appear willing to agree to some variation of one China, and observers believed theposition of the PRC was designed to sideline Chen until the 2004 presidential electionwhere it was hoped that someone who was more supportive of Chinese reunificationwould come to power. Partly to counter this, Chen Shui-bian announced in July 2002that if the PRC does not respond to Taiwans goodwill, Taiwan may "go on its own ...road."With Chens re-election in 2004, Beijings prospects for a speedier resolution weredampened, though they seemed strengthened again following the Pan-Bluemajority in the 2004 legislative elections. However, public opinion in Taiwan reactedunfavorably towards the anti-secession law passed by the PRC in March2005. Following two high profile visits by KMT and PFP party leaders to the PRC, thebalance of public opinion appears to be ambiguous, with the Pan-Green Coalitiongaining a majority in the 2005 National Assembly elections, but the Pan- Blue Coalitionscoring a landslide victory in the 2005 municipal elections.Legislative elections were held in Taiwan on January 12, 2008. The results gave theKuomintang and the Pan-Blue Coalition an absolute majority (86 of the 113 seats) inthe legislature, handing a heavy defeat to President Chen Shui- bians DemocraticProgressive Party, which won the remaining 27 seats. The junior partner in the Pan-Green Coalition, the Taiwan Solidarity Union, won no seats.The election for the 12th President of ROC was held on March 22,2008. Kuomintang candidate Ma Ying-jeou won, with 58% of the vote, ending eightyears of Democratic Progressive Party (DPP) leadership. Along with the 2008 legislativeelection, Mas landslide victory brought the Kuomintang back to power in Taiwan. Thisnew political situation has led to a decrease of tension between both sides of theTaiwan Strait and the increase of cross-strait relations, making a declaration ofindependence, or war, something unlikely.Taiwans Straits Exchange Foundation (SEF) and its Chinese counterpart – theAssociation for Relations Across the Taiwan Strait(ARATS) signed four agreements inTaipei on November 4, 2008. Both SEF and ARATS have agreed to address direct sealinks, daily charter flights, direct postal service and food safety.Public opinionPublic opinion in Taiwan regarding relations with the PRC is notoriously difficult togauge, as poll results tend to be extremely sensitive to how the questions are phrasedand what options are given, and there is a tendency by all political parties to spin theresults to support their point of view.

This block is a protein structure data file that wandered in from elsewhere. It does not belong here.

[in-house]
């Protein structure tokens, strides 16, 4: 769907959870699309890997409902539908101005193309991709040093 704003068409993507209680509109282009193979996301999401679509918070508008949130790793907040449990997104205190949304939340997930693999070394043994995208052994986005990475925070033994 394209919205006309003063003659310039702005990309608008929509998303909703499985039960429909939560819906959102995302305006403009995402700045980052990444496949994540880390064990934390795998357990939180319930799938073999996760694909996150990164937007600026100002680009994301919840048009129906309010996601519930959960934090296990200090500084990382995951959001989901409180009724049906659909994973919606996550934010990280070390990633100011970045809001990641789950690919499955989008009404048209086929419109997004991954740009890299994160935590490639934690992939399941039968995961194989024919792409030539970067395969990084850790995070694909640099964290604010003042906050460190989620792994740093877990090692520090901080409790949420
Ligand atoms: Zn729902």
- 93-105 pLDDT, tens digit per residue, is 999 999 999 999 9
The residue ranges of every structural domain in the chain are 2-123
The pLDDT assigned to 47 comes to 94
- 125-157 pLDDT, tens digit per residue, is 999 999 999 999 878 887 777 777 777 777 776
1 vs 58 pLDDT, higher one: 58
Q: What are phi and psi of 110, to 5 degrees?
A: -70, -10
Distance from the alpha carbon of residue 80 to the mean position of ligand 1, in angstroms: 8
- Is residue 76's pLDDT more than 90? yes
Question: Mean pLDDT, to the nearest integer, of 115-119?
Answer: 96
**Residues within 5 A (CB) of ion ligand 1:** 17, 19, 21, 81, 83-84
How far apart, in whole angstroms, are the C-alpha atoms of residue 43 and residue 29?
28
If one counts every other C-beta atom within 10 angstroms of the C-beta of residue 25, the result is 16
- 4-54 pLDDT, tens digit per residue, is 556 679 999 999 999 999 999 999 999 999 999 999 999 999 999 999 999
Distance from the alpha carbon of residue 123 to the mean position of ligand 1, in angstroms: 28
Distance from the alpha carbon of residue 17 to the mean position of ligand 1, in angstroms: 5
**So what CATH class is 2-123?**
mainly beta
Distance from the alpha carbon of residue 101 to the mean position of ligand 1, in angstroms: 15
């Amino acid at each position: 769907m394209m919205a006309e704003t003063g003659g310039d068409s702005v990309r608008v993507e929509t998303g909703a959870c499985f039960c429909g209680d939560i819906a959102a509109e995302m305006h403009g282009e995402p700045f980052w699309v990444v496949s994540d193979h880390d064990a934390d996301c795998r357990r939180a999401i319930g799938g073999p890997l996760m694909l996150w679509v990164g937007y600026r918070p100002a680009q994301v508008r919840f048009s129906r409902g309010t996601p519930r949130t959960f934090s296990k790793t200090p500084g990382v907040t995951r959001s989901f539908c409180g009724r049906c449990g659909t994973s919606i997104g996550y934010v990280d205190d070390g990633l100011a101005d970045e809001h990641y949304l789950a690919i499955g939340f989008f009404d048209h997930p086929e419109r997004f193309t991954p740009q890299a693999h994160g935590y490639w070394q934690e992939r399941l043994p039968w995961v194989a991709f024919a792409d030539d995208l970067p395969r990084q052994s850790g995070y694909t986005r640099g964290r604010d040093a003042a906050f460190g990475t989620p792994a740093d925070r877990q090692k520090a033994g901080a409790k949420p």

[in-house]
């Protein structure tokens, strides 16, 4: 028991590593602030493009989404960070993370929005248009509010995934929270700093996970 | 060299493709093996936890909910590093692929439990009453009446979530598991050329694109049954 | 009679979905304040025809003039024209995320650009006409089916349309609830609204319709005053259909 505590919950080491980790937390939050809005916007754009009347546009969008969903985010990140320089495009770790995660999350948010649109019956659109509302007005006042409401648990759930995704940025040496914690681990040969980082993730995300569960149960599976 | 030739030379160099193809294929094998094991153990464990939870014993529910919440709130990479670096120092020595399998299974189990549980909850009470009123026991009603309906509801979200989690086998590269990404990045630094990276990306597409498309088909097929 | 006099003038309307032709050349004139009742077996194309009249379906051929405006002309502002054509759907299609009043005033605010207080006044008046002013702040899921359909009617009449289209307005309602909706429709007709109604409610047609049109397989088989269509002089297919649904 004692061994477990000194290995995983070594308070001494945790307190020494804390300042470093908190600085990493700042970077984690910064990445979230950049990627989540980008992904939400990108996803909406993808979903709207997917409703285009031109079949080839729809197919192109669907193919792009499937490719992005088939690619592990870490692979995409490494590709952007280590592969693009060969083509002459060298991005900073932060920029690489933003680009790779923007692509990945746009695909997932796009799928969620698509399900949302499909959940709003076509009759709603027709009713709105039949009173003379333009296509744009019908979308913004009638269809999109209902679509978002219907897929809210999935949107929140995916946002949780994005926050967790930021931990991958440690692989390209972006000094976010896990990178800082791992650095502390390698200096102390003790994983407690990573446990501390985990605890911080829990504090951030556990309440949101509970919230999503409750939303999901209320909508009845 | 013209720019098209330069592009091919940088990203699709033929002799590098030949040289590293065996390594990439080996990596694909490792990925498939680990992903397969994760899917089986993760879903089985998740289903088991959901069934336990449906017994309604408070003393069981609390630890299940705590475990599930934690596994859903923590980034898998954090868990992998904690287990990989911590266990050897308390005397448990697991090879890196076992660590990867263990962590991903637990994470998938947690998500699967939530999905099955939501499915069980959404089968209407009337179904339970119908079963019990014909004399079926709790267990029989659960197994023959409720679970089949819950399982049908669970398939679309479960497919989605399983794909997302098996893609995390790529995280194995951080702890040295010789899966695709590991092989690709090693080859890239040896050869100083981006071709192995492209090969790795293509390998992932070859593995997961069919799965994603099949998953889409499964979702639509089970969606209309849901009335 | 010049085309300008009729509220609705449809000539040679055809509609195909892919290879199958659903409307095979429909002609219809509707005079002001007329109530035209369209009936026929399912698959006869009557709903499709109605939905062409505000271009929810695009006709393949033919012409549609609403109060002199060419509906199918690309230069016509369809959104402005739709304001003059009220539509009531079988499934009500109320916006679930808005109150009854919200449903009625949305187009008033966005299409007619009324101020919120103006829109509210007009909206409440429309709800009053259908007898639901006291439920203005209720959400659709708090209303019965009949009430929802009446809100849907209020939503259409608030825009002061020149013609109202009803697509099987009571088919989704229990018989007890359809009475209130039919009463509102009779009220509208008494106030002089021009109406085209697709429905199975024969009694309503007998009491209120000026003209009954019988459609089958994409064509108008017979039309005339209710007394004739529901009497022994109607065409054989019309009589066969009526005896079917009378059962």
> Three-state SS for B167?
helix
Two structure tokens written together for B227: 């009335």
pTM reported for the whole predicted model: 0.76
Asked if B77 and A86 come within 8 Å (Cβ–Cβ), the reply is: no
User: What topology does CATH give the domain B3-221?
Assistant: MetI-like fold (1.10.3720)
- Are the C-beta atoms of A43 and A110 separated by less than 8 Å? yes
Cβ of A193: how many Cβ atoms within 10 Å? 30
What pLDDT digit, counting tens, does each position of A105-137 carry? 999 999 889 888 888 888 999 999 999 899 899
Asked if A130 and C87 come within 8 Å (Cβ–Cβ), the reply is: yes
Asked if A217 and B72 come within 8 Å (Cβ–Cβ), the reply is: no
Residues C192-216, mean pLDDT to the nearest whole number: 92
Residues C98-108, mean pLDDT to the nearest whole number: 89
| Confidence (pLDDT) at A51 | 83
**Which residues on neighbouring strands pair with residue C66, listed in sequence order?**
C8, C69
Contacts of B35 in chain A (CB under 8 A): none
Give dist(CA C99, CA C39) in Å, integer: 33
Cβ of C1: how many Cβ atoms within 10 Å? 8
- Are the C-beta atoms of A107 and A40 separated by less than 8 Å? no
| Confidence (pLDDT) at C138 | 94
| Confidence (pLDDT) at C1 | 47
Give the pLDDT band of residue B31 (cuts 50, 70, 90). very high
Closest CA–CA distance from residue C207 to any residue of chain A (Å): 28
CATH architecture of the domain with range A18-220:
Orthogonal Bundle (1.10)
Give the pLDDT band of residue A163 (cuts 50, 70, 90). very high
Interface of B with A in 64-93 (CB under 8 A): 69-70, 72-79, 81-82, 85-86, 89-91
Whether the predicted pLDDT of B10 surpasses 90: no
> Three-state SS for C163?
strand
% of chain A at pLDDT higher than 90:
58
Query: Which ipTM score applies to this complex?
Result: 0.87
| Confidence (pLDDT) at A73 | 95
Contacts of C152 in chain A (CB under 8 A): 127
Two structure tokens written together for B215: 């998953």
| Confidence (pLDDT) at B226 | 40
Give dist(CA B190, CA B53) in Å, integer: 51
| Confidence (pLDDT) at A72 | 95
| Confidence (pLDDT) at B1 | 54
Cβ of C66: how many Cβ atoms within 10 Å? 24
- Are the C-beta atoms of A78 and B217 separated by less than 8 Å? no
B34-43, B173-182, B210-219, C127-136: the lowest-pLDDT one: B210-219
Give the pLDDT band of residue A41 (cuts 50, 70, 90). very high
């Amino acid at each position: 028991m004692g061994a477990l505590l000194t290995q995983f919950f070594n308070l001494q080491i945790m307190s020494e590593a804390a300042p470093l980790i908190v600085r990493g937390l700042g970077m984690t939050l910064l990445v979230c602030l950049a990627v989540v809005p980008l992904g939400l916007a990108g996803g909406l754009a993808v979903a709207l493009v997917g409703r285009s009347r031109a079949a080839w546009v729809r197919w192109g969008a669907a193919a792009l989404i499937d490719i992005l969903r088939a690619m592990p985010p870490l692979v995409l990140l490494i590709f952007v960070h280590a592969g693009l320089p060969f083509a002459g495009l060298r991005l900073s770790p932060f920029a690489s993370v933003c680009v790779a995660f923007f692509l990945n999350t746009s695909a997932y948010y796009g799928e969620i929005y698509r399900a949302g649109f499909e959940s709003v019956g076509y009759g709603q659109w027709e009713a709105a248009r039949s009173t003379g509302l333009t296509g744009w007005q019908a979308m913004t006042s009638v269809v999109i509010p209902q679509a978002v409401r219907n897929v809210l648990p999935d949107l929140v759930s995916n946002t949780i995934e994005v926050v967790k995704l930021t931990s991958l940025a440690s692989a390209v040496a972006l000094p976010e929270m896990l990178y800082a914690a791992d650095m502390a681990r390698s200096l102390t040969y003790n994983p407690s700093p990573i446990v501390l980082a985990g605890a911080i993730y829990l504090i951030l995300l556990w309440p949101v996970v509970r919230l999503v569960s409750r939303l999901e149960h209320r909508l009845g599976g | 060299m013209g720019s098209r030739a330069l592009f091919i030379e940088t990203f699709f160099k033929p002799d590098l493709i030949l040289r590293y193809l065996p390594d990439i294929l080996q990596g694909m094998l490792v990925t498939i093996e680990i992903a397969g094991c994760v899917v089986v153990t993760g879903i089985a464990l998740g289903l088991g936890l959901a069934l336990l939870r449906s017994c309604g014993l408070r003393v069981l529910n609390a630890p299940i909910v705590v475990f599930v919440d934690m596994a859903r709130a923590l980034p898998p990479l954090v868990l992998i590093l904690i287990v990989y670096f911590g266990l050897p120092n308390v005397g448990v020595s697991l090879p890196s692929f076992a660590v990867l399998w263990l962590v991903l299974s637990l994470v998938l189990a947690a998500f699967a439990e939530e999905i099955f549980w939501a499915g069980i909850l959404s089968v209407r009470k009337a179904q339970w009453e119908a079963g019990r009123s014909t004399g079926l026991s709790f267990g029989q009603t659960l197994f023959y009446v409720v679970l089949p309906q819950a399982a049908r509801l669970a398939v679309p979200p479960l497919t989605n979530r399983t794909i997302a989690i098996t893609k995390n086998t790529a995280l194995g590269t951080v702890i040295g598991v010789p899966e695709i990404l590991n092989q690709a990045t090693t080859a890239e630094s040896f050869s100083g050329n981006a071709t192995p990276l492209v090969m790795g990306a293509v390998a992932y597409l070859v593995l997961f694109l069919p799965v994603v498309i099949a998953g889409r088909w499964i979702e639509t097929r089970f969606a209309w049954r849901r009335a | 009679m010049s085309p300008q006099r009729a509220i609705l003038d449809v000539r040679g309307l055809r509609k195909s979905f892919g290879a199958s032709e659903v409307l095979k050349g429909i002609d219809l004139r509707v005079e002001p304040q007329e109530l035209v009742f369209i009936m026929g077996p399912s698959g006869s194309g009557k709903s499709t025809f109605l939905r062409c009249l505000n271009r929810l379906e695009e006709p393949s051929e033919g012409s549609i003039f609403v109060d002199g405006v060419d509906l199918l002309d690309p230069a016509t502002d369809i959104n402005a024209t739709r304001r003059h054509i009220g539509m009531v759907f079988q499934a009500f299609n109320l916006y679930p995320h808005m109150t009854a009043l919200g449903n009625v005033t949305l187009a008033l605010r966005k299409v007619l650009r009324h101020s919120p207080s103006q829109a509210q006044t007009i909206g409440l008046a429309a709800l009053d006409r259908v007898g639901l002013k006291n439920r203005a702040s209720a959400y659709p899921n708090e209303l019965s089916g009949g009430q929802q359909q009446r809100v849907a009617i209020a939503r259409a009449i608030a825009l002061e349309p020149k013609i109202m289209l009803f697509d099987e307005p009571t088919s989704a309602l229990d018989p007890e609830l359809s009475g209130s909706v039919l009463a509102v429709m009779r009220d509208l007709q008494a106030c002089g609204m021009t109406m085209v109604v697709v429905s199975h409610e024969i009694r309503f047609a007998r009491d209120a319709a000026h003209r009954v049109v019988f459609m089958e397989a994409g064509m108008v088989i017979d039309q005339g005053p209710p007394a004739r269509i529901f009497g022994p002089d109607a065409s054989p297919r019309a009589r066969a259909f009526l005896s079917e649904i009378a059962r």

According to a November 2005 poll from the Mainland Affairs Council, 37.7% of peopleliving in the ROC favor maintaining the status quo until a decision can be made in thefuture, 18.4% favors maintaining the status quo indefinitely, 14% favors maintainingthe status quo until eventual independence, 12% favors maintaining the status quountil eventual reunification, 10.3% favors independence as soon as possible, and 2.1%favors reunification as soon as possible. According to the same poll, 78.3% areopposed to the "One Country, Two Systems" model, which was used for Hong Kong andMacau, while 10.4% is in favor.According to a June 2008 poll from a Taiwanese mainstream media TVBS, 58% of peopleliving in Taiwan favor maintaining the status quo, 19% favors independence, and 8%favors unification. According to the same poll, if status quo is not an option and theones who were surveyed must choose between "Independence" or "Unification",65% are in favor of independence while 19% would opt for unification. The same pollalso reveals that, in terms of self-identity, when the respondents are not told that aTaiwanese can also be a Chinese, 68% of the respondents identify themselves as"Taiwanese" while 18% would call themselves "Chinese". However, when therespondents are told that duo identity is an option, 45% of the respondents identifythemselves as "Taiwanese only", 4% of the respondents call themselves "Chinese only"while 45% of the respondents call themselves "both Taiwanese as well as Chinese".Furthermore, when it comes to preference in which national identity to be used ininternational organizations, 54% of people in the survey indicated that they prefer"Taiwan" and only 25% of the people voted for "Chinese Taipei".According to an October 2008 poll from the Mainland Affairs Council, on the question ofTaiwans status, 36.17% of respondents favor maintaining the status quo until a decisioncan be made in the future, 25.53% favors maintaining the status quo indefinitely,12.49% favors maintaining the status quo until eventual independence, 4.44% favorsmaintaining the status quo until eventual reunification, 14.80% favors independence assoon as possible, and 1.76% favors reunification as soon as possible. In the same poll, onthe question of the PRC governments attitude towards the ROC government, 64.85% ofthe respondents consider the PRC government hostile or very hostile, 24.89 consider thePRC government friendly or very friendly, while 10.27% did not express an opinion. Onthe question of the PRC governments attitude towards the people in Taiwan, 45.98% ofthe respondents consider the PRC government hostile or very hostile, 39.6% considerthe PRC government friendly or very friendly, while 14.43% did not express an opinion.May 2009 Taiwans (Republic of China) Department of the Interior published a surveyexamining whether people in Taiwan see themselves as Taiwanese, Chinese or both.64.6% see themselves as Taiwanese, 11.5% as Chinese, 18.1% as both and 5.8% were